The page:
Letter of credit
Credit Cred"it (kr[e^]d"[i^]t), n. [F. cr['e]dit (cf. It. credito), L. creditum loan, prop. neut. of creditus, p. p. of credere to trust, loan, believe. See {Creed}.] 1. Reliance on the truth of something said or done; belief; faith; trust; confidence. [1913 Webster]

When Jonathan and the people heard these words they gave no credit unto them, nor received them. --1 Macc. x. 46. [1913 Webster]

2. Reputation derived from the confidence of others; esteem; honor; good name; estimation. [1913 Webster]

John Gilpin was a citizen Of credit and renown. --Cowper. [1913 Webster]

3. A ground of, or title to, belief or confidence; authority derived from character or reputation. [1913 Webster]

The things which we properly believe, be only such as are received on the credit of divine testimony. --Hooker. [1913 Webster]

4. That which tends to procure, or add to, reputation or esteem; an honor. [1913 Webster]

I published, because I was told I might please such as it was a credit to please. --Pope. [1913 Webster]

5. Influence derived from the good opinion, confidence, or favor of others; interest. [1913 Webster]

Having credit enough with his master to provide for his own interest. --Clarendon. [1913 Webster]

6. (Com.) Trust given or received; expectation of future playment for property transferred, or of fulfillment or promises given; mercantile reputation entitling one to be trusted; -- applied to individuals, corporations, communities, or nations; as, to buy goods on credit. [1913 Webster]

Credit is nothing but the expectation of money, within some limited time. --Locke. [1913 Webster]

7. The time given for payment for lands or goods sold on trust; as, a long credit or a short credit. [1913 Webster]

8. (Bookkeeping) The side of an account on which are entered all items reckoned as values received from the party or the category named at the head of the account; also, any one, or the sum, of these items; -- the opposite of {debit}; as, this sum is carried to one's credit, and that to his debit; A has several credits on the books of B. [1913 Webster]

{Bank credit}, or {Cash credit}. See under {Cash}.

{Bill of credit}. See under {Bill}.

{Letter of credit}, a letter or notification addressed by a banker to his correspondent, informing him that the person named therein is entitled to draw a certain sum of money; when addressed to several different correspondents, or when the money can be drawn in fractional sums in several different places, it is called a {circular letter of credit}.

{Public credit}. (a) The reputation of, or general confidence in, the ability or readiness of a government to fulfill its pecuniary engagements. (b) The ability and fidelity of merchants or others who owe largely in a community. [1913 Webster]

He touched the dead corpse of Public Credit, and it sprung upon its feet. --D. Webster. [1913 Webster]


The Collaborative International Dictionary of English. 2000.

Look at other dictionaries:

  • letter of credit — letter of credit: a document issued to a beneficiary at the request of the issuer s customer in which the issuer (as a bank) promises to honor a demand for payment by the beneficiary in order to satisfy or secure the customer s debt compare… …   Law dictionary

  • Letter of credit — Letter Let ter, n. [OE. lettre, F. lettre, OF. letre, fr. L. littera, litera, a letter; pl., an epistle, a writing, literature, fr. linere, litum, to besmear, to spread or rub over; because one of the earliest modes of writing was by graving the… …   The Collaborative International Dictionary of English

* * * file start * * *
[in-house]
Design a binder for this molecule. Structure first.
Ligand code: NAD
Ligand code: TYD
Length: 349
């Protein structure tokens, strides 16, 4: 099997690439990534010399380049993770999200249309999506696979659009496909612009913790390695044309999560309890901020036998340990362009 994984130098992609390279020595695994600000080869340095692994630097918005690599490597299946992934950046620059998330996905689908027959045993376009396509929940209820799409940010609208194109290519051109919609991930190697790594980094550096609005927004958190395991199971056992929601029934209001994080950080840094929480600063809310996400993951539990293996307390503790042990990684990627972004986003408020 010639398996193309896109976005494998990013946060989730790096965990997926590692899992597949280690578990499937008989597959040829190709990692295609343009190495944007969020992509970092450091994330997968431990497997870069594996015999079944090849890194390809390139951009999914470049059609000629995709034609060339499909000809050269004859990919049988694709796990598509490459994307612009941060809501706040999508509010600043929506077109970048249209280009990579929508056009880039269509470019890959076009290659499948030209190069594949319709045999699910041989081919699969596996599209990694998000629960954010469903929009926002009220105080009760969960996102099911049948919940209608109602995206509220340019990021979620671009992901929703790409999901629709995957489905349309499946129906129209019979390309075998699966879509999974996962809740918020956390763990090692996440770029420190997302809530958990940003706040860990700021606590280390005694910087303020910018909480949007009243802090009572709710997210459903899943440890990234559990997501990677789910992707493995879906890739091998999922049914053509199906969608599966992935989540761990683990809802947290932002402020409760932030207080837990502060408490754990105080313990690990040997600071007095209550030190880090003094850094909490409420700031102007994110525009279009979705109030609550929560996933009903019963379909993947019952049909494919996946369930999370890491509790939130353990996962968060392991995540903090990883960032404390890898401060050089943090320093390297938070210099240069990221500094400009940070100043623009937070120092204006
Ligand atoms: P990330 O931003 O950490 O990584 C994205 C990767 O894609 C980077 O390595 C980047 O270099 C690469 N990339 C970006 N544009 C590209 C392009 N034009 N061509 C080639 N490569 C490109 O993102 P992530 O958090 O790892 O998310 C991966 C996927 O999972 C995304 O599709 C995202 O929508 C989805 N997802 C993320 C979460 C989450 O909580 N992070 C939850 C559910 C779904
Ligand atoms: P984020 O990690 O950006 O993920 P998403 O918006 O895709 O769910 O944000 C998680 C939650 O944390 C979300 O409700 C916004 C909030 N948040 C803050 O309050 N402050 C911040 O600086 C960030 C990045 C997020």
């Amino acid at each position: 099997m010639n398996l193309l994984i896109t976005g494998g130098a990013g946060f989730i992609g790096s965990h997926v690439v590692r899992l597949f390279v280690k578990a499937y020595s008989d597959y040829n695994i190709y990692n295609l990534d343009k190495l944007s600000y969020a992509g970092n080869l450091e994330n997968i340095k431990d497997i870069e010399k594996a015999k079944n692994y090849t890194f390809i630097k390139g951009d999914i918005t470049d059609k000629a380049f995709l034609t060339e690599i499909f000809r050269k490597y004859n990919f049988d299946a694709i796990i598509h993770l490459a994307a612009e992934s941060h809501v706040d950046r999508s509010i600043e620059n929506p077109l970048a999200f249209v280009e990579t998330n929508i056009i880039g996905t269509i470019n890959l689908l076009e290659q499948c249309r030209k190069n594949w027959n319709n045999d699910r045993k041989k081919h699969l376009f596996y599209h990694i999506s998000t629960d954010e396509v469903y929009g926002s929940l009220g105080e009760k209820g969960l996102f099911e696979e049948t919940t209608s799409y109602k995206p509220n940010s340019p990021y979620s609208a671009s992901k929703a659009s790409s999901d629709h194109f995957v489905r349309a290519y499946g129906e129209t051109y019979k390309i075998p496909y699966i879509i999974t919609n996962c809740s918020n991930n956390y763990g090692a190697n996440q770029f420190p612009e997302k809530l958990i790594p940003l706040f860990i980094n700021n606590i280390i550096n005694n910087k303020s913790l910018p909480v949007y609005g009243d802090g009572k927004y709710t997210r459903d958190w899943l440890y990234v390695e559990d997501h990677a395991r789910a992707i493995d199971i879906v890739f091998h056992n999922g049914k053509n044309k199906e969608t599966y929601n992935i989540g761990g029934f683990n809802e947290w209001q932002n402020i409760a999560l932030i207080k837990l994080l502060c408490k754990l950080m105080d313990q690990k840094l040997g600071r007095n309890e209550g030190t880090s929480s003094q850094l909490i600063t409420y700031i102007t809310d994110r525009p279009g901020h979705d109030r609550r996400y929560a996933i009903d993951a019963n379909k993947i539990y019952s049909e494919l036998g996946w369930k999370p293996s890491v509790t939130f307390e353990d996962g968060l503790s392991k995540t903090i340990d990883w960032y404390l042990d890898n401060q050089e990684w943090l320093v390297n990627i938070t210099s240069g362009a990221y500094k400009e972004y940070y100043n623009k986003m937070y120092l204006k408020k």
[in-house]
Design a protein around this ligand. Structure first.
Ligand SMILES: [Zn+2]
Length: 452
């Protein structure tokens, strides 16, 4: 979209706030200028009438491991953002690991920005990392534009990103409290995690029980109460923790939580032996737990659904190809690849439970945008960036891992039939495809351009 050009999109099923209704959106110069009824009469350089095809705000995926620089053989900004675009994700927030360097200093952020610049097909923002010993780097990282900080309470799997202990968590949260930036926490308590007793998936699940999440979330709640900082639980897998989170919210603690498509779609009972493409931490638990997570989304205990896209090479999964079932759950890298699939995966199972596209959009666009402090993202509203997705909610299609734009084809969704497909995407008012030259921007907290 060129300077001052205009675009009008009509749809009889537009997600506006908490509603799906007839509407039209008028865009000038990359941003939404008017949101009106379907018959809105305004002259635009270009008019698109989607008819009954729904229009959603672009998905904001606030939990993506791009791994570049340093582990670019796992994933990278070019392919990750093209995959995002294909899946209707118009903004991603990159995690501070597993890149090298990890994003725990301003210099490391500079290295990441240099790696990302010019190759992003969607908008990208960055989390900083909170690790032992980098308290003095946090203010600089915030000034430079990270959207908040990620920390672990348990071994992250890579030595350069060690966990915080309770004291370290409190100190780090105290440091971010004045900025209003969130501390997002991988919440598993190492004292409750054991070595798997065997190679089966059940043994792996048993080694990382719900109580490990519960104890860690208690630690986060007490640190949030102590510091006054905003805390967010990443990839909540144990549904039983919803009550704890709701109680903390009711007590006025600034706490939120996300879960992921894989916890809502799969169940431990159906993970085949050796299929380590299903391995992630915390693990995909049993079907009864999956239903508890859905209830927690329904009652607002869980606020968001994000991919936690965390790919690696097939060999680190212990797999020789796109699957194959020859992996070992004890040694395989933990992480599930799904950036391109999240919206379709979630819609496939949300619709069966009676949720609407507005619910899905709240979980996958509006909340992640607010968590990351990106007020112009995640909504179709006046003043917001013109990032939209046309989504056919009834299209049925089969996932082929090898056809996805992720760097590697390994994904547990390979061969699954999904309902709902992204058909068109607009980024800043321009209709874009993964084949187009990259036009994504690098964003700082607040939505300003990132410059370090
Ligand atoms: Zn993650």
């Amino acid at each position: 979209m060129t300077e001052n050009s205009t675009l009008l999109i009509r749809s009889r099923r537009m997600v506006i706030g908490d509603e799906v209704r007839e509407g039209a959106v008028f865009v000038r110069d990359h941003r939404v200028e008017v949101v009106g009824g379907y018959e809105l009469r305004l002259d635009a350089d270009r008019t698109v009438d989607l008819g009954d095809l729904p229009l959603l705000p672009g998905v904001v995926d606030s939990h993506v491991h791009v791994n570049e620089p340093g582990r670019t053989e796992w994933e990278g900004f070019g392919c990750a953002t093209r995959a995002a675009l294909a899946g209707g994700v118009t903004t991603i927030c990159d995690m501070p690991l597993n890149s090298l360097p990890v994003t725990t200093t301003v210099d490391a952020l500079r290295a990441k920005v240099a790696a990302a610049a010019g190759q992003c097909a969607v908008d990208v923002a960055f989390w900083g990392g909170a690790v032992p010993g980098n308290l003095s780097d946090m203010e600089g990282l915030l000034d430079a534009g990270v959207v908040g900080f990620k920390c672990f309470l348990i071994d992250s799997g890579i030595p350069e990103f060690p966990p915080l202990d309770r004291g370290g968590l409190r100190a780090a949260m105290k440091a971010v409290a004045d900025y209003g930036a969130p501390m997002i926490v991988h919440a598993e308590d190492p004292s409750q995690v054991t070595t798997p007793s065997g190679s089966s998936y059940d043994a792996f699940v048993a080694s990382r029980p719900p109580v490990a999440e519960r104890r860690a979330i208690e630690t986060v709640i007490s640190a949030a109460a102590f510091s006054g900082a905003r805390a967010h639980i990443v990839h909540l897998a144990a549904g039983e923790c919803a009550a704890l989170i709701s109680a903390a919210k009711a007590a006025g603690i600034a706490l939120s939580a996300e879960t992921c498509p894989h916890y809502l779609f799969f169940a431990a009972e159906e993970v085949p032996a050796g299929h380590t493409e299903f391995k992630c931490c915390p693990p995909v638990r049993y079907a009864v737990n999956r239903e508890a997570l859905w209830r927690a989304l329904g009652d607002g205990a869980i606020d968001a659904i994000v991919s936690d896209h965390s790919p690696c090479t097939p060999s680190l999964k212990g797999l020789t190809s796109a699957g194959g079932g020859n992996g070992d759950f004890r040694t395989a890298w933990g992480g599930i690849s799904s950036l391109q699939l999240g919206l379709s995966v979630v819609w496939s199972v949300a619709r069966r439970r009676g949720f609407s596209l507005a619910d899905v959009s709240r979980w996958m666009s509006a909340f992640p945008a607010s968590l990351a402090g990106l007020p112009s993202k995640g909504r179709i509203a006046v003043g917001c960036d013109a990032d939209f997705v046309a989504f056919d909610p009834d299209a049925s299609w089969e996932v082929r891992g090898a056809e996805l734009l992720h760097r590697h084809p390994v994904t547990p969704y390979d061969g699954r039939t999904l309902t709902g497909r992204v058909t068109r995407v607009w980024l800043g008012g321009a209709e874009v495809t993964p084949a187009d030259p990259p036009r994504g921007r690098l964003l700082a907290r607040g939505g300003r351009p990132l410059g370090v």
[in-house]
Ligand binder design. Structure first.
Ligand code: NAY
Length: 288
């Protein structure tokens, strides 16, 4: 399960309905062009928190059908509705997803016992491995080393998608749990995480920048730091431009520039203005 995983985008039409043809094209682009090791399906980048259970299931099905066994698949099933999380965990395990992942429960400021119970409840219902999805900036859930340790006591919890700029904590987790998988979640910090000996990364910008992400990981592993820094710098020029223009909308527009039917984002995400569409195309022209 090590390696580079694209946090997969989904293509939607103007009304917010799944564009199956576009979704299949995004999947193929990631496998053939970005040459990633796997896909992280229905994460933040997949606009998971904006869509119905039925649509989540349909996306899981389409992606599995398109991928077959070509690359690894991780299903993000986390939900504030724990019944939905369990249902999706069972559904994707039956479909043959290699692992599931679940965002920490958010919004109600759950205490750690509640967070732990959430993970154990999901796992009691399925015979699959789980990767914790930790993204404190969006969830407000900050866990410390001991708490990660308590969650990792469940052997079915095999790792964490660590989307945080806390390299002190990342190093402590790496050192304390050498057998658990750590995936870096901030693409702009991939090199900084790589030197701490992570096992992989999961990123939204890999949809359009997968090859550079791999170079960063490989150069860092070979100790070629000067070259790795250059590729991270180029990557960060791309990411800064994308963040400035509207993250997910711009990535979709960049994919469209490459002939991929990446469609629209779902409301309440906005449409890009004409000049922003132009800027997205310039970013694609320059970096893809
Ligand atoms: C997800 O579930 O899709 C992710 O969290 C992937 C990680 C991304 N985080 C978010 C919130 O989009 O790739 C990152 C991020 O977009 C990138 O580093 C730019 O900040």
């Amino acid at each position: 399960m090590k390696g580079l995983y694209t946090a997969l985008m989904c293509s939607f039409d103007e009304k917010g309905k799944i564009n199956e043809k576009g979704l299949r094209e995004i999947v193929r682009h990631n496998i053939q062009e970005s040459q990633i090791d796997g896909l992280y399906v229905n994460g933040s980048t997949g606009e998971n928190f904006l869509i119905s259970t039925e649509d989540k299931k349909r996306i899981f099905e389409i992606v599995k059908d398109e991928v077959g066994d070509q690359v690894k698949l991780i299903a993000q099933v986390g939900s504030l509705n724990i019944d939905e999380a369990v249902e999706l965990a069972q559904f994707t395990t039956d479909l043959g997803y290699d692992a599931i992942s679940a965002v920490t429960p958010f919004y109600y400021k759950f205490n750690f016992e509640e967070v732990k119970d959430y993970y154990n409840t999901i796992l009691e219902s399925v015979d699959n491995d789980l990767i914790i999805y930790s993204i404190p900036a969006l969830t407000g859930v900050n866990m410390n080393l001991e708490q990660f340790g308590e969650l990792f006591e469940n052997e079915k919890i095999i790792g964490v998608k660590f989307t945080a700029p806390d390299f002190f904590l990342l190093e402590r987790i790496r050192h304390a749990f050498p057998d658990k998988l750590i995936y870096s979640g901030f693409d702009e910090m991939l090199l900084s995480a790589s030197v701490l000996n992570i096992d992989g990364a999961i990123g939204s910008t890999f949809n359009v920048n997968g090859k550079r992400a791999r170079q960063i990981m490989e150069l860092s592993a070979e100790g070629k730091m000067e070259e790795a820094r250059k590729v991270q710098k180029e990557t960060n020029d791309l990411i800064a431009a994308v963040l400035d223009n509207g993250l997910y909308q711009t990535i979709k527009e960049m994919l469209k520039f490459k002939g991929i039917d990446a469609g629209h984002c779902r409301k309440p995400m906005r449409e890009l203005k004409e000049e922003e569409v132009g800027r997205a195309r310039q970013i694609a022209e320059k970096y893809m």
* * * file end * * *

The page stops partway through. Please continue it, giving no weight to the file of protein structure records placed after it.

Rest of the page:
• letter of credit — n an official letter from a bank allowing a particular person to take money from another bank …   Dictionary of contemporary English

  • Letter of credit — After a contract is concluded between buyer and seller, buyer s bank supplies a letter of credit to seller …   Wikipedia

  • letter of credit — An obligation issued by a bank on behalf of a bank customer to a third party. There are many different kinds of letters of credit. The two most common are commercial letters and standby letters. A commercial or trade letter of credit is a bank… …   Financial and business terms

  • Letter of Credit — Ein Akkreditiv (von lat. credere, glauben, engl. letter of credit (L/C)) ist eine Bescheinigung einer Person oder Körperschaft gegenüber einer anderen. Inhaltsverzeichnis 1 Dokumenten Akkreditiv 1.1 Das Dokumenten Akkreditiv als Instrument der… …   Deutsch Wikipedia

  • letter of credit — letters of credit 1) N COUNT A letter of credit is a letter written by a bank authorizing another bank of pay someone a sum of money. Letters of credit are often used by importers and exporters. [BUSINESS] 2) N COUNT A letter of credit is a… …   English dictionary

  • Letter Of Credit — A letter from a bank guaranteeing that a buyer s payment to a seller will be received on time and for the correct amount. In the event that the buyer is unable to make payment on the purchase, the bank will be required to cover the full or… …   Investment dictionary

  • letter of credit — Synonyms and related words: CD, IOU, MO, Pastoral Epistle, acceptance, acceptance bill, aerogram, air letter, airgraph, bank acceptance, bank check, bill, bill of draft, bill of exchange, billet doux, blank check, bull, certificate, certificate… …   Moby Thesaurus

  • letter of credit — Date: 1645 1. a letter addressed by a banker to a correspondent certifying that a person named therein is entitled to draw on the writer s credit up to a certain sum 2. a letter addressed by a banker to a person to whom credit is given… …   New Collegiate Dictionary

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